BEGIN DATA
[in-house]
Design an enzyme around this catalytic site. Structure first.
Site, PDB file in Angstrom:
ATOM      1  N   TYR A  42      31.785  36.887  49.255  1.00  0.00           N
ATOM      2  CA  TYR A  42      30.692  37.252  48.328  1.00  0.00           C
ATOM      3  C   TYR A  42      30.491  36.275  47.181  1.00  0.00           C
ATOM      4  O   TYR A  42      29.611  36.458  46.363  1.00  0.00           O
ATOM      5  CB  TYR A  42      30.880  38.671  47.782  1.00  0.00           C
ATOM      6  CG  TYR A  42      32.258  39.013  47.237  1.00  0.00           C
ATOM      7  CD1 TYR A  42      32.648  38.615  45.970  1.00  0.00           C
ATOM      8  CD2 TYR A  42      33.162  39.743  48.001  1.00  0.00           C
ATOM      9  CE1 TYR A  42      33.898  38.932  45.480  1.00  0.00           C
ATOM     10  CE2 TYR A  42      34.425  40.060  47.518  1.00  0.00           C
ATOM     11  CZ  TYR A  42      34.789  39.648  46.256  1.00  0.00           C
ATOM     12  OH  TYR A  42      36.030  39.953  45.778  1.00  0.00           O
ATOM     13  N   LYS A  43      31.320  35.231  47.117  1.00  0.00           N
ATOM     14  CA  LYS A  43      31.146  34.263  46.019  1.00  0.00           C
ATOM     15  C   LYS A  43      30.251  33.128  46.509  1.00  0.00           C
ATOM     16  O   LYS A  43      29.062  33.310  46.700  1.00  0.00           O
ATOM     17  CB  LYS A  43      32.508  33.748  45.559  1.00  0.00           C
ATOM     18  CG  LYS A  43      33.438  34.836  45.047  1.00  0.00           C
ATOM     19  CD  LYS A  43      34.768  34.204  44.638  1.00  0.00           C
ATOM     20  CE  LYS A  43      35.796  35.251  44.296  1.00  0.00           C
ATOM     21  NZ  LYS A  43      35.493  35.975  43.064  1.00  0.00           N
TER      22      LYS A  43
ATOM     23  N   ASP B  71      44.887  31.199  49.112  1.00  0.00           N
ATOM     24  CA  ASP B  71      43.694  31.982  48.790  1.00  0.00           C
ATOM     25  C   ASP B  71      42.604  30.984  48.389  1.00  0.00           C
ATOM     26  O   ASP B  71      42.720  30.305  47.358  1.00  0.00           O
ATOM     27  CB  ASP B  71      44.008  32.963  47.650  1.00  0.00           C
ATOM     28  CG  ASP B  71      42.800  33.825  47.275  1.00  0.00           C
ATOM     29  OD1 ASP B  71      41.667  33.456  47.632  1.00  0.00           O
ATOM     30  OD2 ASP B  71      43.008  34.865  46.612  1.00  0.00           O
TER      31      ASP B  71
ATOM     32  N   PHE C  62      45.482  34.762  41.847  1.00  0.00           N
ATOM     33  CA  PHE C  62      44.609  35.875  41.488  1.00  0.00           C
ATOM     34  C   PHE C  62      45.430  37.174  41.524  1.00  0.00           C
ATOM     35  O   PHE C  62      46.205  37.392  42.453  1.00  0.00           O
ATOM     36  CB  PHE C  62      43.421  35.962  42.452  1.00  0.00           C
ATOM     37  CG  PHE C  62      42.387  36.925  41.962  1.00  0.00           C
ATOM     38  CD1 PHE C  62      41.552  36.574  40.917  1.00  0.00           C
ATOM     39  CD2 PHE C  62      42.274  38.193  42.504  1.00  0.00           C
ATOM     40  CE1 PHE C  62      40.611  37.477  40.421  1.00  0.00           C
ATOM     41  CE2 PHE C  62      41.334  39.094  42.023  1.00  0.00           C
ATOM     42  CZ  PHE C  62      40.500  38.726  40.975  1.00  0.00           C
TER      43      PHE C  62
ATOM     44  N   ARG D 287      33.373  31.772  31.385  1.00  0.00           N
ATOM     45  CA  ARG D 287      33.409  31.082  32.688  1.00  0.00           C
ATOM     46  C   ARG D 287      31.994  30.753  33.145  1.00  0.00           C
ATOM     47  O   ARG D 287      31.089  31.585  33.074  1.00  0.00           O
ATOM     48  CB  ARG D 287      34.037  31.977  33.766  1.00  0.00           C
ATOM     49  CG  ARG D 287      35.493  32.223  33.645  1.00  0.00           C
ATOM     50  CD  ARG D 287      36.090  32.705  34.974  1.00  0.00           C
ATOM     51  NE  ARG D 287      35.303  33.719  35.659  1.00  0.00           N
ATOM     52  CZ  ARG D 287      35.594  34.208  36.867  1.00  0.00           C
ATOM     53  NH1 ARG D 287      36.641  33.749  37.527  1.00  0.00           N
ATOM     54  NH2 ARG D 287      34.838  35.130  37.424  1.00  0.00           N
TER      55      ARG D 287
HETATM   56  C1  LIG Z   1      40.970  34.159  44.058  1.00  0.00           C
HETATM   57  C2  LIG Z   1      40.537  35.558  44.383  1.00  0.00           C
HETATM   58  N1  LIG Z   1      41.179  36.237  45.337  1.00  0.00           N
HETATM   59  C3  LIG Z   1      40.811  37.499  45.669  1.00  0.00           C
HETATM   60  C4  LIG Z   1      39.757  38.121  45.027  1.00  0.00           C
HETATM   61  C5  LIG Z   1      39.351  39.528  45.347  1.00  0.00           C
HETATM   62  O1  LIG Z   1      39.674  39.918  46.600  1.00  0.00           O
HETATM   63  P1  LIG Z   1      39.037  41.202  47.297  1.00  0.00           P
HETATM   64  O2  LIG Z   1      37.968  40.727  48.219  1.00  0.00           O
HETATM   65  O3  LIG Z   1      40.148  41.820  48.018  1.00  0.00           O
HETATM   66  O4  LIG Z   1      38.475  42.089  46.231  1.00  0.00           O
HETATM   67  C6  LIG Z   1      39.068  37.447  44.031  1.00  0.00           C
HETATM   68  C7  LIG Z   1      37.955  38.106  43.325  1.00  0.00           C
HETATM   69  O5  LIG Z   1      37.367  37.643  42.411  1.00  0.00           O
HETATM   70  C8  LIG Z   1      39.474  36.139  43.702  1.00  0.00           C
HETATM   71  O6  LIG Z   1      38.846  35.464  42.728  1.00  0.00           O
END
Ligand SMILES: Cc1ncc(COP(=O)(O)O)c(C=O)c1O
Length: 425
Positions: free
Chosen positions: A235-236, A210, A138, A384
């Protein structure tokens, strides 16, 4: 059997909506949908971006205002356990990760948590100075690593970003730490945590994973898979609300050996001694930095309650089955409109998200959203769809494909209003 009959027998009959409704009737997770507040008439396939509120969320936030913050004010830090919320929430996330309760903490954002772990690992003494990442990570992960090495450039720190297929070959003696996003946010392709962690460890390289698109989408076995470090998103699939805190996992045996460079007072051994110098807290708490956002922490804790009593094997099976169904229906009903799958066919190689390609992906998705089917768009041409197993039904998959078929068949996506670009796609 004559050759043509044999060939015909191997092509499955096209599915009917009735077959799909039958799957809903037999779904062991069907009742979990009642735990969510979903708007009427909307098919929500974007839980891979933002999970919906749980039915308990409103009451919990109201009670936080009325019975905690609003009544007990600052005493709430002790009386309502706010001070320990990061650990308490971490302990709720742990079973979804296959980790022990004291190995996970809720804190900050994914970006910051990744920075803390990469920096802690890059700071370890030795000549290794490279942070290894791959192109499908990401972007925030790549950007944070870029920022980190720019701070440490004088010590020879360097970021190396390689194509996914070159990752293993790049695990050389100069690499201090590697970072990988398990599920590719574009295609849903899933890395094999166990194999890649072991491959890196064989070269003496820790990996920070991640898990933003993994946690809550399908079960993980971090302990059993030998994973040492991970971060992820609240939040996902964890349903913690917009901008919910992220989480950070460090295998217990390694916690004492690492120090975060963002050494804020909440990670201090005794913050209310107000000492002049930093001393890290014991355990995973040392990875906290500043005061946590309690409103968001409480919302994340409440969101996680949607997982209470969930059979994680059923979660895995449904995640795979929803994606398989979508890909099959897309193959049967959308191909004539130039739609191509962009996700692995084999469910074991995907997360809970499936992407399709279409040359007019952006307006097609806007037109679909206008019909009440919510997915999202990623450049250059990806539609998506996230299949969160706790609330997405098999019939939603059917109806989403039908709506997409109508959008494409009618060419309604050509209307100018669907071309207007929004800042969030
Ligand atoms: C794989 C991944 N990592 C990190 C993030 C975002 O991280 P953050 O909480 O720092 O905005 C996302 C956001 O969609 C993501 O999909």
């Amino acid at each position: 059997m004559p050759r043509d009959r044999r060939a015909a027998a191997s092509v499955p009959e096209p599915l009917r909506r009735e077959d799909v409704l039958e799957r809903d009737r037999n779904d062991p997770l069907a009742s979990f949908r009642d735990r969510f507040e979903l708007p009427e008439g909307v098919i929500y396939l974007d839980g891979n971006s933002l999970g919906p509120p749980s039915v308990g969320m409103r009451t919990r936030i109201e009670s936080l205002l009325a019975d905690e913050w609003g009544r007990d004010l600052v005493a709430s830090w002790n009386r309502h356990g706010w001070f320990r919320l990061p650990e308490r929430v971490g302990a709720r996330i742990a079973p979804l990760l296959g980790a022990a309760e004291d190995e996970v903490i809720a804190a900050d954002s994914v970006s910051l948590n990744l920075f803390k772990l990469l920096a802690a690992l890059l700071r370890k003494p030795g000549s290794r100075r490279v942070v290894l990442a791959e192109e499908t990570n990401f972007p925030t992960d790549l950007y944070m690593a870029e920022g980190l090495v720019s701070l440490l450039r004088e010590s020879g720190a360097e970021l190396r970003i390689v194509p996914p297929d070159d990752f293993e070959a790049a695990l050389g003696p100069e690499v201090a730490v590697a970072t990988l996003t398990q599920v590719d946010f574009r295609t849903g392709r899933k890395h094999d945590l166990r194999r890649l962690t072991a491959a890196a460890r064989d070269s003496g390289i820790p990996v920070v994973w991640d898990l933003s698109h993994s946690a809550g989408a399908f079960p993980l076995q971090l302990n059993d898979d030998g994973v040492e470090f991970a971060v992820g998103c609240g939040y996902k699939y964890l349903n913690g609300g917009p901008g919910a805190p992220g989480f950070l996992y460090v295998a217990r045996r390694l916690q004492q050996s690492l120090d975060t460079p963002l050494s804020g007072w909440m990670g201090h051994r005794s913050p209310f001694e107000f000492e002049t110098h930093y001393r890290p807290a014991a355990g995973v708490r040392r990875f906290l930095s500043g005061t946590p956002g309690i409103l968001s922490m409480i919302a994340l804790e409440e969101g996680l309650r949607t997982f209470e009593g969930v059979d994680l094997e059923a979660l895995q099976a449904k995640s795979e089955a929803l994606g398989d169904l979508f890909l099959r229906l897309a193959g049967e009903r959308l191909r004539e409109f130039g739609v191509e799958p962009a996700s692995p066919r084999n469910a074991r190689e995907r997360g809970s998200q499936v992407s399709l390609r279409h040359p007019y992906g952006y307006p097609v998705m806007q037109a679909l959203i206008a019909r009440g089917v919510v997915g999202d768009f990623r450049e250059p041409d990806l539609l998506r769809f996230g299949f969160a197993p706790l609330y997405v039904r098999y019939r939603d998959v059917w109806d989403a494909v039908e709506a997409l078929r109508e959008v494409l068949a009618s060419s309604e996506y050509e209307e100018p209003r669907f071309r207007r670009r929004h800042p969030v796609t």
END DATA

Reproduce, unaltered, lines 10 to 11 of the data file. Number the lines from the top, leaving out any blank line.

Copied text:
ATOM      7  CD1 TYR A  42      32.648  38.615  45.970  1.00  0.00           C
ATOM      8  CD2 TYR A  42      33.162  39.743  48.001  1.00  0.00           C